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How the Patriots have attacked defenses similar to the Jacksonville Jaguars in the past and how it translates into Sunday’s game

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This time of year is no stranger to the Patriots as they’ve faced defenses as daunting as the one the Jacksonville Jaguars have.

NFL: AFC Divisional Playoff-Tennessee Titans at New England Patriots David Butler II-USA TODAY Sports

The main talk this week has been Tom Brady and the New England Patriots offense and how they match up against the Jacksonville Jaguars defense. It’s the marquee match-up in the game since those two units feature the most star power on the two teams. The other side of the ball for the two teams is where I think the game will ultimately be decided, but the offense will need to have their best game of the year to advance to Super Bowl LII in Minneapolis.

The Jaguars defense is arguably the toughest the Patriots will face all season. There are Pro Bowl caliber players at every level of that defense, starting with a front 4 that is excellent at generating pressure. Marquee signings Calais Campbell and Malik Jackson have been great additions to their defensive front along with 2nd year edge rusher Yannick Ngakoue providing heat from the edge. After you get past the defensive front 4, the Jaguars have an excellent pass defense with their boundary corners. Jalen Ramsey and A.J. Bouye are both #1 corners with the ability to shut down their receivers when on an island. With the best pass rushing unit and two excellent boundary corners, the Jaguars aren’t a team the Patriots want to fall behind.

The Patriots do have experience facing defenses that brought a similar challenge. Three years ago, they faced the #1 scoring defense in the Seattle Seahawks. The Patriots used the quick passing game in lieu of a running game, with Brady throwing the ball 50 times. Brady completed 37 passes for 328 yards, 4 touchdowns, and 2 interceptions. The Patriots struggled to block Michael Bennett, whose pressure nearly singlehandedly won the Seahawks the game before the Patriots erases a 24-14 deficit in the 4th quarter. The Patriots targeted replacement corner Tharold Simon repeatedly in the game to great success as Brady burned Simon for 2 touchdowns.

In 2015, the Patriots played the Broncos on the road. That year, they had a banged up RB corps with Dion Lewis and LeGarrette Blount on Injured Reserve, relying on washed up veteran Steven Jackson as their main running threat. Unfortunately for the Patriots, they fell behind 14-6 and faced an uphill climb the rest of the way. Brady had to throw 56 passes and was under relentless pressure all day. Despite that, the Patriots had their chances. A missed PAT by Stephen Gostkowski and some questionable 4th down decisions by Bill Belichick forced the Patriots to have to go for 2 to send the game to overtime. That attempt was intercepted and the Patriots ended up losing 20-18. The Broncos were able to shut down the Patriots passing attack by keying in on the snap count and overwhelming an injured Patriots offensive line.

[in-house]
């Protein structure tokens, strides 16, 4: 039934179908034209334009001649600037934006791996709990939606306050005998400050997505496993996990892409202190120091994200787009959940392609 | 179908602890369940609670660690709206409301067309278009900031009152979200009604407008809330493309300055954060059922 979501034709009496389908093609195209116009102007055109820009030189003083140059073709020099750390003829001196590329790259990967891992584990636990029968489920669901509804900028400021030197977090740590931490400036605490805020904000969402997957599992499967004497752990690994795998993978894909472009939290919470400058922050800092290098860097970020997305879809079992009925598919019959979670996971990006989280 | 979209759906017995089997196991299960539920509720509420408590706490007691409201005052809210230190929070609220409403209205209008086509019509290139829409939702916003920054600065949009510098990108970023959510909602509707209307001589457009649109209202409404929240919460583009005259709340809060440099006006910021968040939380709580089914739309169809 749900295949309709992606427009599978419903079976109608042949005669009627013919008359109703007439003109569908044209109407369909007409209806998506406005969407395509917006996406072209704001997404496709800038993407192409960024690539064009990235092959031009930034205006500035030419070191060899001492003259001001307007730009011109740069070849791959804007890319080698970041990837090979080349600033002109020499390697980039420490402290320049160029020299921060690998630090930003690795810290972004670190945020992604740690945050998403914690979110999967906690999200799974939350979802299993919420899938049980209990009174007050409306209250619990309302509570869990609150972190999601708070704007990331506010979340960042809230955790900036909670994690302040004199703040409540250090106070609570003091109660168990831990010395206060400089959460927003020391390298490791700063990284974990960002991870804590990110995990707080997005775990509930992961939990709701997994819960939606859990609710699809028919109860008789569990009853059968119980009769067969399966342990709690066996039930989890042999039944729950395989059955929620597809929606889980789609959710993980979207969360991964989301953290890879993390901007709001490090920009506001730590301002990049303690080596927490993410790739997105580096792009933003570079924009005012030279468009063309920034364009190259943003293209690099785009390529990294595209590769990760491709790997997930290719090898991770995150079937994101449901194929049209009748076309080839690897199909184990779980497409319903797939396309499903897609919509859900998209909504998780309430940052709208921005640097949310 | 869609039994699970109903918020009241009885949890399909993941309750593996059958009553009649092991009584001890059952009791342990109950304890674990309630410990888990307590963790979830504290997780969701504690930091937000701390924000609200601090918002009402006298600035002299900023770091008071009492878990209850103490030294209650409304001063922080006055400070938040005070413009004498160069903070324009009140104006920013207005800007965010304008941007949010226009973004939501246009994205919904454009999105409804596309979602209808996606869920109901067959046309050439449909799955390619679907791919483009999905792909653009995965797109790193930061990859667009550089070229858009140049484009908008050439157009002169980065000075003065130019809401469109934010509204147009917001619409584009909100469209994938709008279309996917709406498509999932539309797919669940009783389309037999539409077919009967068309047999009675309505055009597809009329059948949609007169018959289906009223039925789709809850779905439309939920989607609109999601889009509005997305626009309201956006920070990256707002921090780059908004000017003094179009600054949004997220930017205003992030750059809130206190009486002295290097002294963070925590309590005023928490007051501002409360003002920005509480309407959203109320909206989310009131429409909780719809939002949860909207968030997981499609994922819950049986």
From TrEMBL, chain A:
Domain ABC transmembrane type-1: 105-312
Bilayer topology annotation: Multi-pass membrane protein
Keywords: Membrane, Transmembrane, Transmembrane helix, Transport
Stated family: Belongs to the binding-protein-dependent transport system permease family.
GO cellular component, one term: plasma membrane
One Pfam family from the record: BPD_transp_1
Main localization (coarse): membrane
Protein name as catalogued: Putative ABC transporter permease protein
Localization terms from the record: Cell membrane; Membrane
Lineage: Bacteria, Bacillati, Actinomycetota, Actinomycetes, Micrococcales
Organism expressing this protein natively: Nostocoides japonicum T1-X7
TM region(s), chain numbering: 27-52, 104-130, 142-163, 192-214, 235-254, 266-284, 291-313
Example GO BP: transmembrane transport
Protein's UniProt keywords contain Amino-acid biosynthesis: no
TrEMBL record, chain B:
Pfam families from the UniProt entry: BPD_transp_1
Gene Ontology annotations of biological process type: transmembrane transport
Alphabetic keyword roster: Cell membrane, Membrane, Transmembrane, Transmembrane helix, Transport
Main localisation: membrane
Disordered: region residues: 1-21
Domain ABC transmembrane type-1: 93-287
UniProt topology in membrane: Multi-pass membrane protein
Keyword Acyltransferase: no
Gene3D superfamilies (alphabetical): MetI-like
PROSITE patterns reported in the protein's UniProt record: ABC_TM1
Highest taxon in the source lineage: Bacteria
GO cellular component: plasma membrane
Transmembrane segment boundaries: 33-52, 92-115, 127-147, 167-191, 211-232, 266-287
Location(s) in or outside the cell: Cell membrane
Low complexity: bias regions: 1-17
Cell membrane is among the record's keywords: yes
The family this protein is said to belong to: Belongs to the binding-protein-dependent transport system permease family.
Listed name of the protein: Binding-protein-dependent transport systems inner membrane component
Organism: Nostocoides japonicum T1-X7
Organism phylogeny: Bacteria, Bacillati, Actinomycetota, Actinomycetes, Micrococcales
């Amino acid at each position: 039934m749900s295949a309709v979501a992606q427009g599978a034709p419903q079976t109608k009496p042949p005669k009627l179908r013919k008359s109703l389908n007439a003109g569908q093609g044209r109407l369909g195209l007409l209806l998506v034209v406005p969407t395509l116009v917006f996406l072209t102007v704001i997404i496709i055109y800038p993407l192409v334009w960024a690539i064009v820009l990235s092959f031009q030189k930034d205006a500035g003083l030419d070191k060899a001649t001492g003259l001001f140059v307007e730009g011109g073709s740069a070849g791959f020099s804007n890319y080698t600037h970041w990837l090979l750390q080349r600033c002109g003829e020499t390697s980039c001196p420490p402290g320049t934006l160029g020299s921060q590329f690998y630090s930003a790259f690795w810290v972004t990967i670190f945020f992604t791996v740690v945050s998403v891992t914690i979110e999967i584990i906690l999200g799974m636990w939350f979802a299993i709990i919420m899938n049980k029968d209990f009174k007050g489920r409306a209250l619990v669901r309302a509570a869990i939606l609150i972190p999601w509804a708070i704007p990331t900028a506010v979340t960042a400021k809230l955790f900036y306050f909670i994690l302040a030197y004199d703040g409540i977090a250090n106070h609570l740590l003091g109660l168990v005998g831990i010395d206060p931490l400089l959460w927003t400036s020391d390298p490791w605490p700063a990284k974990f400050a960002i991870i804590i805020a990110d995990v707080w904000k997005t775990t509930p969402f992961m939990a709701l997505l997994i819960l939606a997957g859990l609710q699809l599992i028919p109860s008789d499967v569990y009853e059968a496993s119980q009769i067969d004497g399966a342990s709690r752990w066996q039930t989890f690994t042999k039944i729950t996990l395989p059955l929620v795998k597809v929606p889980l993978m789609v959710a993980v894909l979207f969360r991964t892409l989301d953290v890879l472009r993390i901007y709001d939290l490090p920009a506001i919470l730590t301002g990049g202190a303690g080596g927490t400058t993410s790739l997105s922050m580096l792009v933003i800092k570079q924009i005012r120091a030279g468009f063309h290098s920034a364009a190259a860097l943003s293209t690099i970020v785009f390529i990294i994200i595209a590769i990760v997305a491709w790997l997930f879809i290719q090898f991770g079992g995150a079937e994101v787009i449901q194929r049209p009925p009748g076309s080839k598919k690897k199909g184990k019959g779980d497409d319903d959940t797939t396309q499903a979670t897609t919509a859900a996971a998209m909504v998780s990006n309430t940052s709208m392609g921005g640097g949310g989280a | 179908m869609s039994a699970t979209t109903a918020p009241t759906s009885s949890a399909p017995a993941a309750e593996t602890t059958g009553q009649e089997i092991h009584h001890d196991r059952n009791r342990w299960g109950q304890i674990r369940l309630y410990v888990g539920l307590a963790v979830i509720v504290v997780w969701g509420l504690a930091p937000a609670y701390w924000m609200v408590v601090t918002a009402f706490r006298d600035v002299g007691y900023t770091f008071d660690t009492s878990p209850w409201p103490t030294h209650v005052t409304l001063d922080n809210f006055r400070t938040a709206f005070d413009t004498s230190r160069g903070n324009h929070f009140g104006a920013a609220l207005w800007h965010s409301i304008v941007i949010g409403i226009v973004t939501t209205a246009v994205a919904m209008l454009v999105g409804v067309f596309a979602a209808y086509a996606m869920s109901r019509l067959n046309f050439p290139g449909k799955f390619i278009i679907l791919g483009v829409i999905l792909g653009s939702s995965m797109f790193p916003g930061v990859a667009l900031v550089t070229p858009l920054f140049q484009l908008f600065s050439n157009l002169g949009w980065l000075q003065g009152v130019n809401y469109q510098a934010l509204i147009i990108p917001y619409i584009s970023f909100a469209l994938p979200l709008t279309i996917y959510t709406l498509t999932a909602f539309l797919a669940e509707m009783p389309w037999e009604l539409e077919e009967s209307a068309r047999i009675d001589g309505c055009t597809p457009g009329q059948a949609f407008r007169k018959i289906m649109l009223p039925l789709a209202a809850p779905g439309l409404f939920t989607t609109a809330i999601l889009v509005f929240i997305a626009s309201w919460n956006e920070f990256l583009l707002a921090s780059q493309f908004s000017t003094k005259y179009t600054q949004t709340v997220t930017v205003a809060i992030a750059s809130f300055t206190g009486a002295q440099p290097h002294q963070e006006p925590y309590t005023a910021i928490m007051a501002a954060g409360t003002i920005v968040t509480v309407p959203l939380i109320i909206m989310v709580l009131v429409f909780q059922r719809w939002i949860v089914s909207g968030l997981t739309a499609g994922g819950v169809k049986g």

The common theme in both games was the Patriots turning to their quick passing game instead of using their running game. In 2017, the Patriots have a more dynamic set of backs with a healthy Lewis along with Rex Burkhead and James White. Lewis will be the key player for the Patriots as the early down back and a possible mismatch in the short passing game against the Jaguars’ linebackers in 1-on-1 situations. The Jaguars defense does have some weaknesses, teams can run on them successfully and that helps the Patriots in the sense of building a quick lead and keeping the Jaguars pass rush honest all game. The Jaguars aren’t a heavy blitz team, which means the backs should be releasing into their patterns.

The Patriots can create advantageous match-ups in the passing game using their backs and All Pro TE Rob Gronkowski. As good as Jacksonville is covering receivers, they do struggle against TEs and RBs that are legitimate receiving threats. Lewis, Burkhead, White, and Gronk are very capable route runners and electric in running after the catch, so I expect the Patriots to rely on them to move the ball for most of the game. By flexing them out into a receiver alignment (split wide, slot, tight split, etc.), the Patriots can force the Jaguars to declare their primary coverage and allow for Brady to decide his progressions pre-snap. If Brady can isolate the Jaguars linebackers and safeties in 1-on-1 situations with the backs or Gronk, that’s Brady’s top read at the snap.

I expect the Jaguars to take lessons from last year’s Super Bowl to try to stop the Patriots quick passing game. The Falcons used a lot of Man-Free Robber coverages and trap coverages to take away the middle of the field. The Patriots were able to adjust by targeting the boundary of the field. Whether it was out-breaking routes from the slot or sideline routes against the Falcons lesser coverage players, the Patriots were able to move the ball on the boundary to great success and that led to the biggest comeback in Super Bowl history. The game is about adjustments and the Patriots are the best in the league at making those adjustments. If the Patriots find success isolating lesser coverage players on the boundary and/or out-breaking routes from the slot, it puts the Jaguars defense in a pick your poison situation.

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Posted by Pats Pulpit: For New England Patriots News on Wednesday, January 17, 2018